Marvy A. Finger, the prominent real estate developer who helped to transform Houston’s skyline with forward-thinking apartment projects, died Saturday at the age of 86.

Over the course of his 64-year career, Finger helped to foment the advent of apartment living in downtown Houston as he built an empire of more than 28,000 residential units in Texas, California, Colorado, Georgia and Illinois. Finger, the CEO of Finger Cos., was a mentor to many in the apartment industry in Houston, creating a legacy that extended beyond the boundaries of his own firm.

Known for his exacting standards but down-to-earth demeanor, Finger had a reputation for spotting the best locations for apartments and an instinct for overseeing well-thought-out designs.

“Marvy expected perfection in himself and those he worked with,” said Stan Creech, a friend and land broker who represented Finger on several land deals over the decades. “He was a forward-looking visionary who changed the landscape of the multifamily development industry.”

Born in Houston on December 18, 1935, Finger had long assumed he would follow in his father’s footsteps in the furniture industry. But after graduating with a degree in civil engineering and a minor business administration from the University of Texas at Austin in 1957, he got a job working for a small homebuilder. When the builder fell ill unexpectedly, Finger was asked to complete a 32-unit apartment complex, Finger previously said in earlier media interviews.

Finger, who knew nothing about building apartments at the time, took on the task with the exuberance of a 20-something, running a project that would help lay the groundwork for his career in residential development. A mortgage banker who financed one of his early projects, the late Ben G. McGuire  –  an influential figure in the industry at the time – took a liking to Finger.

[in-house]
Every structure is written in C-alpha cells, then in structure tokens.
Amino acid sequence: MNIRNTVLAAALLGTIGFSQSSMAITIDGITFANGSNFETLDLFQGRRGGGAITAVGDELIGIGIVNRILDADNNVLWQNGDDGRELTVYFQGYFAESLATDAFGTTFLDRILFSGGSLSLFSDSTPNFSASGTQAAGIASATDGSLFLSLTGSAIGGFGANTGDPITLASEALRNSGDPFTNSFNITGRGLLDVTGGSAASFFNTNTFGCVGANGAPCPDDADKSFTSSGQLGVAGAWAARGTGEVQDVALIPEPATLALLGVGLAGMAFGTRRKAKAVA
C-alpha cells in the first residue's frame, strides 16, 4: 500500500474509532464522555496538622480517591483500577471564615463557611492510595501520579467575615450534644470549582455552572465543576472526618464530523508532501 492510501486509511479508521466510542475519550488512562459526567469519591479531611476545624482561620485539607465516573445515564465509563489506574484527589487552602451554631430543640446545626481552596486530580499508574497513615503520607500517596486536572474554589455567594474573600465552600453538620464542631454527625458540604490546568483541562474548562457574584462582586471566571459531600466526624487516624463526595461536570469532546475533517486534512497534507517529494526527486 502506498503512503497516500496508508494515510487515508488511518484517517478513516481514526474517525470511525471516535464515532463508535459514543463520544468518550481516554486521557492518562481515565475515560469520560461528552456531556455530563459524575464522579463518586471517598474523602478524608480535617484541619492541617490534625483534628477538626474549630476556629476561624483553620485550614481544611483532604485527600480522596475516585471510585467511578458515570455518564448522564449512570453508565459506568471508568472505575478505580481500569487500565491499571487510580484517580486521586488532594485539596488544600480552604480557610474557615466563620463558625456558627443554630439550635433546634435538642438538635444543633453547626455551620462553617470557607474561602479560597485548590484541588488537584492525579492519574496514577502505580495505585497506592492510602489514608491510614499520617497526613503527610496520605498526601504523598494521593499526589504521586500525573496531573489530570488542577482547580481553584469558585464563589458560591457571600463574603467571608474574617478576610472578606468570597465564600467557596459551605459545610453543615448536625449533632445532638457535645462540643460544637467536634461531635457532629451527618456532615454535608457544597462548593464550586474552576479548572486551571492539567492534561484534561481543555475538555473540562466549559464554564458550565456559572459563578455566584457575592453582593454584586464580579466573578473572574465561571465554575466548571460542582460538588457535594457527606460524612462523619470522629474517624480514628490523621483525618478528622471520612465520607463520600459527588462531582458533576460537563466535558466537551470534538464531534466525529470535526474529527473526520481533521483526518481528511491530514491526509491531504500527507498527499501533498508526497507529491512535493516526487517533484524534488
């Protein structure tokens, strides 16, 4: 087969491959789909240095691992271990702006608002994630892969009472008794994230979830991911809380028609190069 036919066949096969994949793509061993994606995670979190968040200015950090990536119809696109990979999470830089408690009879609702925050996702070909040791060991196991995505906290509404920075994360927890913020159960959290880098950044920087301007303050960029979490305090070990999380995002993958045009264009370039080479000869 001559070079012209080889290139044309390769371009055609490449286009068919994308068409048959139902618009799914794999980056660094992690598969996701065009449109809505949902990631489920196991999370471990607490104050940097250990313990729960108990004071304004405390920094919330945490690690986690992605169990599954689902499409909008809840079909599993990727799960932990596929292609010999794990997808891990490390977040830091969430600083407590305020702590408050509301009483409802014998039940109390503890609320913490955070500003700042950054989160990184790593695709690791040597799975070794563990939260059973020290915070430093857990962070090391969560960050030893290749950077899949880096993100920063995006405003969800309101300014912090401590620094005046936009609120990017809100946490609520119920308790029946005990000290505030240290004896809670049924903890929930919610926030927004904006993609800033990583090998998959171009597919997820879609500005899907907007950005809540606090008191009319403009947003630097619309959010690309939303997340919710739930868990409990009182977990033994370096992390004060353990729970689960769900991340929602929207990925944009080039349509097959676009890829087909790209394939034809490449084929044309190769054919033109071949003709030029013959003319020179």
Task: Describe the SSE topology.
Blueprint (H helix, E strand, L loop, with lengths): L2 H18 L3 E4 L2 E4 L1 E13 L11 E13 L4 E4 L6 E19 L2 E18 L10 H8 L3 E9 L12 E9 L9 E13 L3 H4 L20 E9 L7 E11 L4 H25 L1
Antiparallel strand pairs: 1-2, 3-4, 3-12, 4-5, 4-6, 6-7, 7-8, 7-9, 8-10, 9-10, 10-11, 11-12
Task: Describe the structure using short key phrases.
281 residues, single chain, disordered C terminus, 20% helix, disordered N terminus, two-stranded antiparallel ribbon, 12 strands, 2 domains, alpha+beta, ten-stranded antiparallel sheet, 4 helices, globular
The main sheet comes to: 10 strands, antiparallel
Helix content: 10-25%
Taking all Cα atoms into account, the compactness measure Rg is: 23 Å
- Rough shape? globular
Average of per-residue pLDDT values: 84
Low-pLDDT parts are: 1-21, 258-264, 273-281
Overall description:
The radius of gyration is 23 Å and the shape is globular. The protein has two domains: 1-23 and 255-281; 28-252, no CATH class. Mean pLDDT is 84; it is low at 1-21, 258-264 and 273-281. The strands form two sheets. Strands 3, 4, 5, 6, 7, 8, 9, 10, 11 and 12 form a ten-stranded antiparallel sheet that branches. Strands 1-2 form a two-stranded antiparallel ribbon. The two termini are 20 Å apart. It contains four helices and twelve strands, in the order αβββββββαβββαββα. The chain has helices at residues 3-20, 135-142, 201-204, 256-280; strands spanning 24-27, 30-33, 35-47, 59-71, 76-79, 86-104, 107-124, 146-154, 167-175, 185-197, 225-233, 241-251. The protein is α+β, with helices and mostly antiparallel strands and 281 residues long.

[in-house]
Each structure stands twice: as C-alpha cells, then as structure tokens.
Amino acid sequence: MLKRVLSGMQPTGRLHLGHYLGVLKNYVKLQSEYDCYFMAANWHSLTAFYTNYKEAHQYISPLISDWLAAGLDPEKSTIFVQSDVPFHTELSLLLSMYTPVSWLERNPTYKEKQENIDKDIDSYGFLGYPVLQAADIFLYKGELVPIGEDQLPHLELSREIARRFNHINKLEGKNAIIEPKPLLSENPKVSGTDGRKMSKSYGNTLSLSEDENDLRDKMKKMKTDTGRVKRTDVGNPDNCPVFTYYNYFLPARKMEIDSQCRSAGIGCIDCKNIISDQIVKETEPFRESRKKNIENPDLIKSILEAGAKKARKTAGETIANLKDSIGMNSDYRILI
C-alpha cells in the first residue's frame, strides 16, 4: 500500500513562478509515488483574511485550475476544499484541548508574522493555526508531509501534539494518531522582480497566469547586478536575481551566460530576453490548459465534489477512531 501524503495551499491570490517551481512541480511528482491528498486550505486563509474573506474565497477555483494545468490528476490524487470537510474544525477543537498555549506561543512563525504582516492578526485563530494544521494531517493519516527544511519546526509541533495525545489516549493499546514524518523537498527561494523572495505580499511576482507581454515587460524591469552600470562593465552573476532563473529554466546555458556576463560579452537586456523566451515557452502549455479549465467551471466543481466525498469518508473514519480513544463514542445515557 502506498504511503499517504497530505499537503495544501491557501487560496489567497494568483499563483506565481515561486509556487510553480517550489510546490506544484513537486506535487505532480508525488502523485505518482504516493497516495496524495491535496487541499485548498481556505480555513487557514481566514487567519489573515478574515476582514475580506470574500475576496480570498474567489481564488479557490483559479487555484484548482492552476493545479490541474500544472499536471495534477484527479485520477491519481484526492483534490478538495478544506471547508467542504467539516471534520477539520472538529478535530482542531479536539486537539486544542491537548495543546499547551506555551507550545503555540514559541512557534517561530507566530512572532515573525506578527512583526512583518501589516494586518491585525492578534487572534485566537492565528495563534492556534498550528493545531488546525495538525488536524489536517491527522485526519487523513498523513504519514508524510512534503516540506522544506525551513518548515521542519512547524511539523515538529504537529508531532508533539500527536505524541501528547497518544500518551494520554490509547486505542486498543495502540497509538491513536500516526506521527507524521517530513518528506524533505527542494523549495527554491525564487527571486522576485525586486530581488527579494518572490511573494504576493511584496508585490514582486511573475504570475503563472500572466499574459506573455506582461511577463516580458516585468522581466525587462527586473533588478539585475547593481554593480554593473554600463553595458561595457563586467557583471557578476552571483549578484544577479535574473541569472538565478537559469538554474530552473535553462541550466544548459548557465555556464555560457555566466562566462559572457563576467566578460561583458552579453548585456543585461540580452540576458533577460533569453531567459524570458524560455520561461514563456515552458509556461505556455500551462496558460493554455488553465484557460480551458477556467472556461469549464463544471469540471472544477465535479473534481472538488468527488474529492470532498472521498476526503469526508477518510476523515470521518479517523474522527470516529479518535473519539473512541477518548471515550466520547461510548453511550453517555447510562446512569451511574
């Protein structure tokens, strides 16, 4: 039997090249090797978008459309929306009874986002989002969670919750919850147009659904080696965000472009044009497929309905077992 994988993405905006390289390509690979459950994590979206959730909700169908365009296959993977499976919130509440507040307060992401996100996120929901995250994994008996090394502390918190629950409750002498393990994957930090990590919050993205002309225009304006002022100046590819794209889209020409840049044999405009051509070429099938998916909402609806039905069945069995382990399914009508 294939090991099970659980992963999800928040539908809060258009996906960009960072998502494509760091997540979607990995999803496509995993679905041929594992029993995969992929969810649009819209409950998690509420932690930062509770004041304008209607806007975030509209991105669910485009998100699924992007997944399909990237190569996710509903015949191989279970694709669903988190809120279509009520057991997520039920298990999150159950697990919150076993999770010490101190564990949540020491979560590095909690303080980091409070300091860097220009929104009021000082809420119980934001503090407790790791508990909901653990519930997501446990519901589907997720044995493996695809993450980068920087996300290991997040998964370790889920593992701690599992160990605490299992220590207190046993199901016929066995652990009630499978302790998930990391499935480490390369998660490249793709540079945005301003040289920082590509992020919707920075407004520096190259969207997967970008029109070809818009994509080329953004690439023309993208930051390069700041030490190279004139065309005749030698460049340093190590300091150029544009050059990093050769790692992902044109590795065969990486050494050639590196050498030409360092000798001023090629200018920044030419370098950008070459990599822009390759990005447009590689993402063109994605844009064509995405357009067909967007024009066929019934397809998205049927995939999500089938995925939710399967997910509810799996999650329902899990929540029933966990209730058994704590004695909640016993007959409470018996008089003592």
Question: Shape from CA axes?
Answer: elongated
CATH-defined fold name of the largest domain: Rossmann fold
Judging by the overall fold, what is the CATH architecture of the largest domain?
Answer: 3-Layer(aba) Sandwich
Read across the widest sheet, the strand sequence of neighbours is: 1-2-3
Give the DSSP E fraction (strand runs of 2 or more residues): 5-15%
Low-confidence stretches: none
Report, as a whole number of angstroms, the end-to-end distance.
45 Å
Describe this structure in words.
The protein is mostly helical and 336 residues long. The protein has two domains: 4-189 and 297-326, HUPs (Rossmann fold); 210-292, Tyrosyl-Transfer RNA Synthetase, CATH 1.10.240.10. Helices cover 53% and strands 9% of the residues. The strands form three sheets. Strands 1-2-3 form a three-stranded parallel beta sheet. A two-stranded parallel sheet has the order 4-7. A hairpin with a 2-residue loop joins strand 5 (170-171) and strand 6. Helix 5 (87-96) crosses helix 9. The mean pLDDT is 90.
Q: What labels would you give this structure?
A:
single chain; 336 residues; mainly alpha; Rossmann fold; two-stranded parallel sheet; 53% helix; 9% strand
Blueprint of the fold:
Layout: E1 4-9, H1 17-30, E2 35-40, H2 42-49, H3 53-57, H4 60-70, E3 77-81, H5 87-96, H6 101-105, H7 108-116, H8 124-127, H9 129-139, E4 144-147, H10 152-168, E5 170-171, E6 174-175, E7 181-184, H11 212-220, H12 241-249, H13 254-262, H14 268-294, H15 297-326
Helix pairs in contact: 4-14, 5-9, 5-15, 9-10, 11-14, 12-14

“Because I finished this little apartment, he took me under his wing and said, ‘Let me be your mentor. Let me show you how to build your own development,’” Finger recalled in an interview earlier this year. “That was really my being at the right place at the right time.”

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Soon Finger would launch his own company, collecting a 3 percent fee for his first apartment complex. At the time that fee was just $3,500 a month, but it was enough to live off of, so he never considered selling.

Finger went on to patiently amass a portfolio of properties located at what he called “Main and Main” spots – or the most popular, bustling sites, including many in downtown Houston. He had a long-term strategy of holding high-quality sites rather than searching for quick cash or profits. In some years, he wouldn’t acquire any new properties if they didn’t meet his standards.

While architecture and planning were key to a successful multifamily project, Finger credited his properties’ locations for helping his portfolio weather economic crises, including the 1980s oil bust in Houston and the Great Recession.

“I call it Main and Main locations. When we had the deepest, darkest parts in occupancy drops, the few apartments I had in the inner city, occupancy remained. In the great locations, rent moderated, but there was the occupancy,” Finger said at a multifamily conference in 2018.

Marvy Finger, the developer of the One Park Place residential high-rise overlooking Discovery Green, gives the media a tour, Monday, March 31, 2008, in Houston. ( Karen Warren / Chronicle )Karen Warren/Houston Chronicle